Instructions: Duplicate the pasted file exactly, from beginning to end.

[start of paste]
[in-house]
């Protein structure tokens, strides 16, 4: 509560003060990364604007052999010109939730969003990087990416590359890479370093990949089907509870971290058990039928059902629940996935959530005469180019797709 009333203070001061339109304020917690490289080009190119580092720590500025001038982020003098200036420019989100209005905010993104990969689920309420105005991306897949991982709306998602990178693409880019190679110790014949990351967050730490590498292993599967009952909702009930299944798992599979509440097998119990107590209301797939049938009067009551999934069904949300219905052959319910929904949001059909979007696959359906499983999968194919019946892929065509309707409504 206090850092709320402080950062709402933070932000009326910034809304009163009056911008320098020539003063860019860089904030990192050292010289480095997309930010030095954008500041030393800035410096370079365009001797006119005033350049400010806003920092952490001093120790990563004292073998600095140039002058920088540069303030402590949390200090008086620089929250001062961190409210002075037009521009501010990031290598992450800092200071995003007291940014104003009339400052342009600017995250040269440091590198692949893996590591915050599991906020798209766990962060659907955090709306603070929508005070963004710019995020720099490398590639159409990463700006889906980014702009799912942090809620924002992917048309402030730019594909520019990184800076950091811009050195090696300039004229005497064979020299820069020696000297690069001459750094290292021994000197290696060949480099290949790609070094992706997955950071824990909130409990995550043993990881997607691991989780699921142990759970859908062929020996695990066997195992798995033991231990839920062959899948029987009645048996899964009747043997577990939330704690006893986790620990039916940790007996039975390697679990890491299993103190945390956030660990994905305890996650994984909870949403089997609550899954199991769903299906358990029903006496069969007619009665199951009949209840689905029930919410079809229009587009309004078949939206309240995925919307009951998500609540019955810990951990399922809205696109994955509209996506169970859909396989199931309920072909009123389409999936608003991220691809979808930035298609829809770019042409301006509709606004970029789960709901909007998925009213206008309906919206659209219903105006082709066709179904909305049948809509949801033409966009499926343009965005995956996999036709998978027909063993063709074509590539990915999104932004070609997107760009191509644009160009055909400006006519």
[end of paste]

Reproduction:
[in-house]
């Protein structure tokens, strides 16, 4: 509560003060990364604007052999010109939730969003990087990416590359890479370093990949089907509870971290058990039928059902629940996935959530005469180019797709 009333203070001061339109304020917690490289080009190119580092720590500025001038982020003098200036420019989100209005905010993104990969689920309420105005991306897949991982709306998602990178693409880019190679110790014949990351967050730490590498292993599967009952909702009930299944798992599979509440097998119990107590209301797939049938009067009551999934069904949300219905052959319910929904949001059909979007696959359906499983999968194919019946892929065509309707409504 206090850092709320402080950062709402933070932000009326910034809304009163009056911008320098020539003063860019860089904030990192050292010289480095997309930010030095954008500041030393800035410096370079365009001797006119005033350049400010806003920092952490001093120790990563004292073998600095140039002058920088540069303030402590949390200090008086620089929250001062961190409210002075037009521009501010990031290598992450800092200071995003007291940014104003009339400052342009600017995250040269440091590198692949893996590591915050599991906020798209766990962060659907955090709306603070929508005070963004710019995020720099490398590639159409990463700006889906980014702009799912942090809620924002992917048309402030730019594909520019990184800076950091811009050195090696300039004229005497064979020299820069020696000297690069001459750094290292021994000197290696060949480099290949790609070094992706997955950071824990909130409990995550043993990881997607691991989780699921142990759970859908062929020996695990066997195992798995033991231990839920062959899948029987009645048996899964009747043997577990939330704690006893986790620990039916940790007996039975390697679990890491299993103190945390956030660990994905305890996650994984909870949403089997609550899954199991769903299906358990029903006496069969007619009665199951009949209840689905029930919410079809229009587009309004078949939206309240995925919307009951998500609540019955810990951990399922809205696109994955509209996506169970859909396989199931309920072909009123389409999936608003991220691809979808930035298609829809770019042409301006509709606004970029789960709901909007998925009213206008309906919206659209219903105006082709066709179904909305049948809509949801033409966009499926343009965005995956996999036709998978027909063993063709074509590539990915999104932004070609997107760009191509644009160009055909400006006519």